SAN FRANCISCO – It was exactly the kind of release the fans at the Chase Center were seeking – for some reason that jumped out of their seats in a delirious celebration of this team that they believed was lost Game 1.
It happened at the end of the third quarter. Jordan Poole took a few steps past midcourt, pulled up and launched a 39-foot shot that swished through the net. Poole hopped back the other way on his left foot and raised both his eyebrows while seemingly every Golden State fan leaped to his feet and started screaming with joy and perhaps a little relief.
That shot gave the Warriors a 23-point lead heading into the fourth quarter, and finished the Boston Celtics in Game 2 of the NBA Finals. Golden State won, 107-88, to tie the series at one game each. Game 3 is Wednesday night in Boston.
The Celtics had a habit of playing well this postseason when they had to win and playing with less urgency when they could afford to lose. That worked for them in the first three rounds, but that meant their second- and third-round series each went to seven games.
Boston Coach Ime Udoka addressed that with his team before Game 2 of the finals.
“It’s time to be greedy and go for two,” Udoka said.
He also addressed Golden State’s penchant for making big third-quarter runs, a major problem for a Celtics team that had made a habit of third-quarter struggles this season.
In Game 1, Boston was able to overcome by 14 points in the third quarter because it dominated the fourth, outscoring Golden State 40-16.
In Game 2, Golden State didn’t allow a recovery. Instead that was when the dam broke.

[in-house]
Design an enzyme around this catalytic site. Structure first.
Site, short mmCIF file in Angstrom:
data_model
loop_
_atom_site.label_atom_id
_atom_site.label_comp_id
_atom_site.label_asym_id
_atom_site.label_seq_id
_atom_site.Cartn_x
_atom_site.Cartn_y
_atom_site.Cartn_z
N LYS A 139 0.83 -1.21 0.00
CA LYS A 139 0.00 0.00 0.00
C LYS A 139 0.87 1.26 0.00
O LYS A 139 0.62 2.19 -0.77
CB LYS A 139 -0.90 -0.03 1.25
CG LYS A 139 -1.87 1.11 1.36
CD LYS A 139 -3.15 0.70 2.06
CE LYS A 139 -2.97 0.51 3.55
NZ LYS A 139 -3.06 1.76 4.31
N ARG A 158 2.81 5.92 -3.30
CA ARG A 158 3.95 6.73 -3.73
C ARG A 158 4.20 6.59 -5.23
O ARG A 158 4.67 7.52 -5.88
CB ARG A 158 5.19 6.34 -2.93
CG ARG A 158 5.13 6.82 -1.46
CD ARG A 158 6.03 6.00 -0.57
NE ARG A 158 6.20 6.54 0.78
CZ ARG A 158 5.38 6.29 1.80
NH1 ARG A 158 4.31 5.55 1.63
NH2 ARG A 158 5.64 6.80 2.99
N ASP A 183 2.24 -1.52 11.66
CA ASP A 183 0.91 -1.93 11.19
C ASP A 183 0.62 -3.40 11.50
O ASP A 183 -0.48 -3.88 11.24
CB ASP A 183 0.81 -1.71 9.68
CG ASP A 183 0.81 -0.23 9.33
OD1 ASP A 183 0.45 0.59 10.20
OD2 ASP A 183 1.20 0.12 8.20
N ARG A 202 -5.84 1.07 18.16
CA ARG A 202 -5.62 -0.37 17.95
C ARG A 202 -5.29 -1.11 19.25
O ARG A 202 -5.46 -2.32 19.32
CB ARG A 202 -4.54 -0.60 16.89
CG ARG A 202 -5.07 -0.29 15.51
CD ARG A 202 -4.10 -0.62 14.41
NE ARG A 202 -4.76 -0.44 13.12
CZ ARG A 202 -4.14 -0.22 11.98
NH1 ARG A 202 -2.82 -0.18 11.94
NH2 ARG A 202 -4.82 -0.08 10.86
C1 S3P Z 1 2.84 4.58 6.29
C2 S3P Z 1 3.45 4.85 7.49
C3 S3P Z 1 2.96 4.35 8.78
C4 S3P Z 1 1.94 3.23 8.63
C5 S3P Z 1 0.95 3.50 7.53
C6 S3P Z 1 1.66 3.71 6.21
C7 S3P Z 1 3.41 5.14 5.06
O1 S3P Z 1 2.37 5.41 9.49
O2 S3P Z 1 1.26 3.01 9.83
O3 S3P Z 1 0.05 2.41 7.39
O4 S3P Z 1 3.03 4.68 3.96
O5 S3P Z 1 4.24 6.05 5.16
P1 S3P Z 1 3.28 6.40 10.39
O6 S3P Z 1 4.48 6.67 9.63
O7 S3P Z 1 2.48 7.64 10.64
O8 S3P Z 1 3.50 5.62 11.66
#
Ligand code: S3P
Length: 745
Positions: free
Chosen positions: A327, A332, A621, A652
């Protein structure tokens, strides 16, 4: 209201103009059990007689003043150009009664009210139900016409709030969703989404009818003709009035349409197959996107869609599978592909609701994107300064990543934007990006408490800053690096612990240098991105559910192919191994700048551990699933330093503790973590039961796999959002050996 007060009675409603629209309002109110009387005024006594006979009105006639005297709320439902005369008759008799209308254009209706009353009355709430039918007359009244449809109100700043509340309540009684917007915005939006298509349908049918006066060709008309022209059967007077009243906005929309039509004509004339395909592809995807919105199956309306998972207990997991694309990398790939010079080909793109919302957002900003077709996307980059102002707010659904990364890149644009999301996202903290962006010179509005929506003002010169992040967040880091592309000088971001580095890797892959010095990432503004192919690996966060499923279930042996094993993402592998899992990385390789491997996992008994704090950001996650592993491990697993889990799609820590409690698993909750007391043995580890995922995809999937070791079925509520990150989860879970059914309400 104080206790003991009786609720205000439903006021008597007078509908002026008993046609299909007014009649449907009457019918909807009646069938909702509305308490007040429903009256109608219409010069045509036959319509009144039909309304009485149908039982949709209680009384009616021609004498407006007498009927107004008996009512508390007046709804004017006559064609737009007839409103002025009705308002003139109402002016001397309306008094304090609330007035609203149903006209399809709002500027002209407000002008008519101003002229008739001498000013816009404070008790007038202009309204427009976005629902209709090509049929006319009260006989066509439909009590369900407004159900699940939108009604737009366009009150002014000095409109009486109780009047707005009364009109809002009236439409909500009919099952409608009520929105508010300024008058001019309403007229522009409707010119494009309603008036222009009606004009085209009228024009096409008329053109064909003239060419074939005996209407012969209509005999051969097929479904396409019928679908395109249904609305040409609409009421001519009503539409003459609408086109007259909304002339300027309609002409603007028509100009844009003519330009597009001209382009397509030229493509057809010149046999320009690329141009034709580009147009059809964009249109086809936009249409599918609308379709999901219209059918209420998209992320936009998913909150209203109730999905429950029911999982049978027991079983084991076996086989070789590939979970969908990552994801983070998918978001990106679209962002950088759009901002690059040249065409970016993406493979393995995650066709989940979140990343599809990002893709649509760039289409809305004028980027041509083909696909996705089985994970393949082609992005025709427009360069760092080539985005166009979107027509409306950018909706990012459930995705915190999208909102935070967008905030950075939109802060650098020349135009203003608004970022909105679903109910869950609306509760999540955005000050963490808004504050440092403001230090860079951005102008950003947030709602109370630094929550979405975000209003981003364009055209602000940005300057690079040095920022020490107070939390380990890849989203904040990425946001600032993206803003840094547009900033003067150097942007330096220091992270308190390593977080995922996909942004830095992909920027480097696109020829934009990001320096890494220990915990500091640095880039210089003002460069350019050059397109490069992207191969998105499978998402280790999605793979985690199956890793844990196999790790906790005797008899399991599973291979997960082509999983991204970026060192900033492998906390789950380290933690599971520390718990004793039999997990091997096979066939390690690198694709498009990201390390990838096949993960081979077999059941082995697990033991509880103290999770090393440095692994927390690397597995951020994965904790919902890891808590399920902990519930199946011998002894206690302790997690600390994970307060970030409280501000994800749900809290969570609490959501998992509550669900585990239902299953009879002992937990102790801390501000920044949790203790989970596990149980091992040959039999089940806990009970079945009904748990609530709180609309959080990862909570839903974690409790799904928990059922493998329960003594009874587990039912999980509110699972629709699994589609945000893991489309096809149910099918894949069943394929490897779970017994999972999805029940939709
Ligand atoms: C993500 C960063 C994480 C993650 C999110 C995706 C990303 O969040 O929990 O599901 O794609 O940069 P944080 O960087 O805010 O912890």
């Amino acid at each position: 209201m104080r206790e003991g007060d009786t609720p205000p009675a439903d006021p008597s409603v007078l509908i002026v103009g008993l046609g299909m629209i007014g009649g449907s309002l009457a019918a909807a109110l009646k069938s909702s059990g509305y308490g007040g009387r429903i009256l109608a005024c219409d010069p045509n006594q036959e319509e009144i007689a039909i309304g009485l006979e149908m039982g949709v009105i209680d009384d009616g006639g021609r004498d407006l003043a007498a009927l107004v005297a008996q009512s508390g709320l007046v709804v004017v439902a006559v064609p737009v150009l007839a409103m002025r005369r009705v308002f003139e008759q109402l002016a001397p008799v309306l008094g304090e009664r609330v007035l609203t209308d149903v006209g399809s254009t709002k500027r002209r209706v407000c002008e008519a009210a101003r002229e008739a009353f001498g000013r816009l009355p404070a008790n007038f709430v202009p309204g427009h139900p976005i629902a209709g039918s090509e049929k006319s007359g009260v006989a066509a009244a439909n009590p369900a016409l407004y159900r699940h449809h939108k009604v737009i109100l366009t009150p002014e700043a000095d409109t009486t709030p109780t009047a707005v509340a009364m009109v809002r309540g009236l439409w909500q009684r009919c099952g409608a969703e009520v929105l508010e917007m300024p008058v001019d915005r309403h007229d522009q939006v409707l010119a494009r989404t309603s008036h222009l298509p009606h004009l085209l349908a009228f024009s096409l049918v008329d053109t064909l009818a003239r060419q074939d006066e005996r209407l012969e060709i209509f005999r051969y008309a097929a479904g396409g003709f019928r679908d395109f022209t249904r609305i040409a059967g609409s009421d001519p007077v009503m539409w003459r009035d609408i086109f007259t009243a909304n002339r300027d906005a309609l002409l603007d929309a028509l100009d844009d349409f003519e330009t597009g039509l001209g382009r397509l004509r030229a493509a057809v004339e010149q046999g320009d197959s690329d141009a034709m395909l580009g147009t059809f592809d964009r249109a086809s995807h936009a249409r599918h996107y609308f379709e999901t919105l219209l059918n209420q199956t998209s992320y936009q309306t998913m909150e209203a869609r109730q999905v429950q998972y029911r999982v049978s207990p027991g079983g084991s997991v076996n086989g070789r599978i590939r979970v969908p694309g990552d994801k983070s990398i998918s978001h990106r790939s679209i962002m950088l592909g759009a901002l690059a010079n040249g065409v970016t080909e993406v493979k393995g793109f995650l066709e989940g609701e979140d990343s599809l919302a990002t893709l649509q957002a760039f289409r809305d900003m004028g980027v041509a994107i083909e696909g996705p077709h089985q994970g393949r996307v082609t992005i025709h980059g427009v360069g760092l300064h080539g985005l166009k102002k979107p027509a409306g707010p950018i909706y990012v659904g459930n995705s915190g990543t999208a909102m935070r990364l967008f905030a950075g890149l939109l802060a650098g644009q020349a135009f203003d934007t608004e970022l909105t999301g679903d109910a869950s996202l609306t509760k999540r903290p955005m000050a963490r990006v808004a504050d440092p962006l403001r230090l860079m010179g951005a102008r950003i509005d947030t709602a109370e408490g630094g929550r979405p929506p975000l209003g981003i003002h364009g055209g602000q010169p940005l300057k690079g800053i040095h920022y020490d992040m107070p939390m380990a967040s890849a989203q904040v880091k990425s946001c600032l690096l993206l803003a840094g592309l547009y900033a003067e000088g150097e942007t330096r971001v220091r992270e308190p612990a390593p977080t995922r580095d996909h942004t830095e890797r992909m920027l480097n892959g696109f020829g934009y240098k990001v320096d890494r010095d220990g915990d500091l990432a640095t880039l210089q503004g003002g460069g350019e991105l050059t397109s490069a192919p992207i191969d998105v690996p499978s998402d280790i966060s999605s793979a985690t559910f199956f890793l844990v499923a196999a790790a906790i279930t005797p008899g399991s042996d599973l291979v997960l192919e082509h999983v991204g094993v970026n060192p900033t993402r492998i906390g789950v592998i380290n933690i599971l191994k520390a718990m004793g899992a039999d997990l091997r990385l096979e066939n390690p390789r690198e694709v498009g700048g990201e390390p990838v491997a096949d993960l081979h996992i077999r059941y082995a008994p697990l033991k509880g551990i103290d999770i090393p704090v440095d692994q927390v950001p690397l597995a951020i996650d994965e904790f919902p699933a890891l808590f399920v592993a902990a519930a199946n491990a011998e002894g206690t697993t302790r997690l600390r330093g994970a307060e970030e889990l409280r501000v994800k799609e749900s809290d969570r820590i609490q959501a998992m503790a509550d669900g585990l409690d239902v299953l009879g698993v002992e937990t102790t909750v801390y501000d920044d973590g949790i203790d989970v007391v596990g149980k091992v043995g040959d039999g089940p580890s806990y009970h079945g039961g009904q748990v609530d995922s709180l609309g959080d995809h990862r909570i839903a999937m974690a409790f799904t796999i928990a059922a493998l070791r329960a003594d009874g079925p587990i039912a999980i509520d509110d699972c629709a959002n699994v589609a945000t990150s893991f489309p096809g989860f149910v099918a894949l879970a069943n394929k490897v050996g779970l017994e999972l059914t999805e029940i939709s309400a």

The Warriors outscored the Celtics by 21 points in the third quarter on Sunday, and pushed them to 29 early in the fourth.
In Game 1, Stephen Curry unleashed a quick barrage of 3-pointers early, scoring 21 points in the first quarter. In Game 2, Curry remained threatening to the Celtics, and scored 29 points, 14 of them in the third quarter.
Celtics forward Jayson Tatum temporarily recovered from his Game 1 slump, but was eventually stymied in the third quarter.
Tatum shot 3 of 17 from the field in Game 1, and rebuffed suggestions that his shooting might have affected the rest of his game. As for moving beyond the one-game slump, he was confident he would be able to do that.
“You wouldn’t let it creep into your mind,” Tatum said before Saturday’s practice. “I can’t do anything about what happened last game.”
He responded by scoring 21 points in the first half of Game 2, making 7 of 16 shots. But he only took two shots from the field in the third quarter, despite playing all 12 minutes.
Al Horford, who led the Celtics with 26 points in Game 1, and blew a kiss to the Chase Center crowd when the game ended, took only four shots and scored 2 points in Game 2.
The Game was close early, and the Celtics even had a 9-point lead at one point in the first quarter. But Golden State never let Boston sustain any lead. With 21 points from Tatum and 15 from Jaylen Brown in the first half, Golden State led by 2 at halftime.
By early in the fourth quarter, the game was so well in hand that most of Golden State’s starters rested for at least some of the final frame.
Streamers and confetti fell from the rafters after time expired, and Curry, who sat for the fourth quarter, looked up at them briefly. He was sure that the series would return to San Francisco and last until at least a Game 5.